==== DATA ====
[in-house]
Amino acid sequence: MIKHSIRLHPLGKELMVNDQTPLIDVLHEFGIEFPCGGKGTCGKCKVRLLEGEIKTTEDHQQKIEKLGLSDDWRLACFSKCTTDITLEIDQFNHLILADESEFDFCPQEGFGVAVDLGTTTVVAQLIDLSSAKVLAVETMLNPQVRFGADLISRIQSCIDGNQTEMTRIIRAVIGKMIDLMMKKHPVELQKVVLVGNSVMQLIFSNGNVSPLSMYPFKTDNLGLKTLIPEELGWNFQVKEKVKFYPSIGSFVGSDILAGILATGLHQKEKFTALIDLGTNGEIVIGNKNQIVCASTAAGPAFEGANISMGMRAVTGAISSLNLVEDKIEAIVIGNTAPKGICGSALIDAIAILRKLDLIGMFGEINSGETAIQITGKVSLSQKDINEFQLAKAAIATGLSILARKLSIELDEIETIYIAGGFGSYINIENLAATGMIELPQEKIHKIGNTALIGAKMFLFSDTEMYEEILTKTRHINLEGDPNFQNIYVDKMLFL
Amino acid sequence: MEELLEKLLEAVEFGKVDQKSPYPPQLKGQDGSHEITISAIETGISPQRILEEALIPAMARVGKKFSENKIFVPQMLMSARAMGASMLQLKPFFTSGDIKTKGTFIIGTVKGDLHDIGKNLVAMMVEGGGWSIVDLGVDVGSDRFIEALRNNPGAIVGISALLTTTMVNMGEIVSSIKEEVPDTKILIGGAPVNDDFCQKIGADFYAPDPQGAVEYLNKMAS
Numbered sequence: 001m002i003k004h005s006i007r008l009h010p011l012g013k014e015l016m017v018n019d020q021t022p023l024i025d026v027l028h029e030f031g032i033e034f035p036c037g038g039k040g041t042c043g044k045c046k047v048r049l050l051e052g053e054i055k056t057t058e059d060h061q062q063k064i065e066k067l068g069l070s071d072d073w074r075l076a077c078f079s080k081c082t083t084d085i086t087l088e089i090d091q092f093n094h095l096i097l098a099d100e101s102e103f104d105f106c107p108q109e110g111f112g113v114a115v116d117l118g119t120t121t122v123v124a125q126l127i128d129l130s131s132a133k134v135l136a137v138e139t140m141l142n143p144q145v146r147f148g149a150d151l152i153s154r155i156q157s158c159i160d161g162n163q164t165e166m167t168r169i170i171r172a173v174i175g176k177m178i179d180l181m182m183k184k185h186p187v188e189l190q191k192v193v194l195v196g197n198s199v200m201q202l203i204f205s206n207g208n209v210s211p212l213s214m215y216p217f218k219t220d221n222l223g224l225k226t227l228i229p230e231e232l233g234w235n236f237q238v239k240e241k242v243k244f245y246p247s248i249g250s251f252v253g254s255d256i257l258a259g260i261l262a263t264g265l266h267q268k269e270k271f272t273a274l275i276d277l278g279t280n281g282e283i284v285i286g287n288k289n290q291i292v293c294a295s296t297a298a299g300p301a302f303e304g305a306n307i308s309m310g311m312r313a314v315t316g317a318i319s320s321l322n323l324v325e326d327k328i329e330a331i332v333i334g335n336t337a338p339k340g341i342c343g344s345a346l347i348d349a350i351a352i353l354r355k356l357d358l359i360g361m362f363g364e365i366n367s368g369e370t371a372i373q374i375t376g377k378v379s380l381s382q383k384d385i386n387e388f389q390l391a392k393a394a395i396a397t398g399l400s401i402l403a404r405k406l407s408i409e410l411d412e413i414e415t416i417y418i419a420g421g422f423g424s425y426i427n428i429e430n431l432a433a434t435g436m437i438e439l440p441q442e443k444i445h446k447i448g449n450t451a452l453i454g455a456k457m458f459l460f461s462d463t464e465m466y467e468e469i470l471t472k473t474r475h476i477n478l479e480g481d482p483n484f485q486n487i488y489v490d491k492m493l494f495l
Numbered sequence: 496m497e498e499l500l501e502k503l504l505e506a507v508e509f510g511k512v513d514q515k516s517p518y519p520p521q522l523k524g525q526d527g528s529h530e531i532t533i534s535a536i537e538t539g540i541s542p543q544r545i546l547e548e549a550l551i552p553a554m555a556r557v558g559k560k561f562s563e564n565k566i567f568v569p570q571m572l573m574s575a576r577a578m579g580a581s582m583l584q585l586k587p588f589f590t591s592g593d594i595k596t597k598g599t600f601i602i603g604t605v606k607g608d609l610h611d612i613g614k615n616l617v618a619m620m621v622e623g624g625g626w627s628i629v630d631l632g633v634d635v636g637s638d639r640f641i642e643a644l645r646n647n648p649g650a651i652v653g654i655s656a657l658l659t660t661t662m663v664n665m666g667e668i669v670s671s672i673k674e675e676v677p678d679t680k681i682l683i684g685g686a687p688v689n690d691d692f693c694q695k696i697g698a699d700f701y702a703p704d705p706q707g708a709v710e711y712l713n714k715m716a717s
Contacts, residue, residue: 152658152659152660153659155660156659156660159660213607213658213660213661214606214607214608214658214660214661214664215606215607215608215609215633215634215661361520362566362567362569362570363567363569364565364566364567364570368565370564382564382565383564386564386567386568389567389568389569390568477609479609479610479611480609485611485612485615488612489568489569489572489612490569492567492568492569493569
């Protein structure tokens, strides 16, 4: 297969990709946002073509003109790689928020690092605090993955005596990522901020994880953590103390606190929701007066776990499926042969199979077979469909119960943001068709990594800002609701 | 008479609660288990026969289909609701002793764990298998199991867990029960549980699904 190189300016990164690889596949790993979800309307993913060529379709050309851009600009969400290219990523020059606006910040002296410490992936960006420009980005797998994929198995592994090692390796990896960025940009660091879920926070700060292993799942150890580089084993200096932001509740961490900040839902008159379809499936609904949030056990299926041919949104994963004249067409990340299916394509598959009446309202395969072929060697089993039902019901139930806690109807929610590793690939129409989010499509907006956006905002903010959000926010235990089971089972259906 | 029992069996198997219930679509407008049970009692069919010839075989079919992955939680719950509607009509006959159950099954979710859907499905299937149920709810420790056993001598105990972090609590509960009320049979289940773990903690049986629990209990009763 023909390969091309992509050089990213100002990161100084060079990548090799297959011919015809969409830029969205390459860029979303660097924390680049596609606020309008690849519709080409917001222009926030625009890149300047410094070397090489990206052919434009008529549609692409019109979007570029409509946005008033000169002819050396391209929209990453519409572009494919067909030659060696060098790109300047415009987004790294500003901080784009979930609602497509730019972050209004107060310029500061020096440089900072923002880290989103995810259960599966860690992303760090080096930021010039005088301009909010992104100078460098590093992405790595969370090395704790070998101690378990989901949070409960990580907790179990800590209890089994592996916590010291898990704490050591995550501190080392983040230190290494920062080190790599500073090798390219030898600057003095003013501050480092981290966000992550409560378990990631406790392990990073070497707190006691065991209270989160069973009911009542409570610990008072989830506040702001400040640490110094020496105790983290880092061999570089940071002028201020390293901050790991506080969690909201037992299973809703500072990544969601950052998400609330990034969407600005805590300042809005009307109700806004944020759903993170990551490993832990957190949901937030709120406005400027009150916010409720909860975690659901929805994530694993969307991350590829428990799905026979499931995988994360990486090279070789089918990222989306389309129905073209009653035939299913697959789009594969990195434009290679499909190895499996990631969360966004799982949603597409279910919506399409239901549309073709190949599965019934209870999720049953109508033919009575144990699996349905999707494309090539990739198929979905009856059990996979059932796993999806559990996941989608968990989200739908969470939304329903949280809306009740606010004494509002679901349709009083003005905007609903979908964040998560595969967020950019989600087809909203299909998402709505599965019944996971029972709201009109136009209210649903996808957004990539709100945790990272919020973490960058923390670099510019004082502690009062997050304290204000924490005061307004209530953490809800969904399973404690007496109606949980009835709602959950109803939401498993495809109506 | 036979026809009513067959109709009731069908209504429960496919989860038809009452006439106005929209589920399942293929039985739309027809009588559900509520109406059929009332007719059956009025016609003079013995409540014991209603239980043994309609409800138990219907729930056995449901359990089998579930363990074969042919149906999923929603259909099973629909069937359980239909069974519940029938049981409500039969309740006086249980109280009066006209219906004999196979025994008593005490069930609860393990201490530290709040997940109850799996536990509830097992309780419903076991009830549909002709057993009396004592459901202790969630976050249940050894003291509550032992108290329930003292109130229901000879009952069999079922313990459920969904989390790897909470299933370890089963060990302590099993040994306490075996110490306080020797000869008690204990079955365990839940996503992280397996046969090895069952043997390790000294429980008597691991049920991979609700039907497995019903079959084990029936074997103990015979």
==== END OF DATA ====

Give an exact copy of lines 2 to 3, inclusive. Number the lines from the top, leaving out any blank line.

Amino acid sequence: MIKHSIRLHPLGKELMVNDQTPLIDVLHEFGIEFPCGGKGTCGKCKVRLLEGEIKTTEDHQQKIEKLGLSDDWRLACFSKCTTDITLEIDQFNHLILADESEFDFCPQEGFGVAVDLGTTTVVAQLIDLSSAKVLAVETMLNPQVRFGADLISRIQSCIDGNQTEMTRIIRAVIGKMIDLMMKKHPVELQKVVLVGNSVMQLIFSNGNVSPLSMYPFKTDNLGLKTLIPEELGWNFQVKEKVKFYPSIGSFVGSDILAGILATGLHQKEKFTALIDLGTNGEIVIGNKNQIVCASTAAGPAFEGANISMGMRAVTGAISSLNLVEDKIEAIVIGNTAPKGICGSALIDAIAILRKLDLIGMFGEINSGETAIQITGKVSLSQKDINEFQLAKAAIATGLSILARKLSIELDEIETIYIAGGFGSYINIENLAATGMIELPQEKIHKIGNTALIGAKMFLFSDTEMYEEILTKTRHINLEGDPNFQNIYVDKMLFL
Amino acid sequence: MEELLEKLLEAVEFGKVDQKSPYPPQLKGQDGSHEITISAIETGISPQRILEEALIPAMARVGKKFSENKIFVPQMLMSARAMGASMLQLKPFFTSGDIKTKGTFIIGTVKGDLHDIGKNLVAMMVEGGGWSIVDLGVDVGSDRFIEALRNNPGAIVGISALLTTTMVNMGEIVSSIKEEVPDTKILIGGAPVNDDFCQKIGADFYAPDPQGAVEYLNKMAS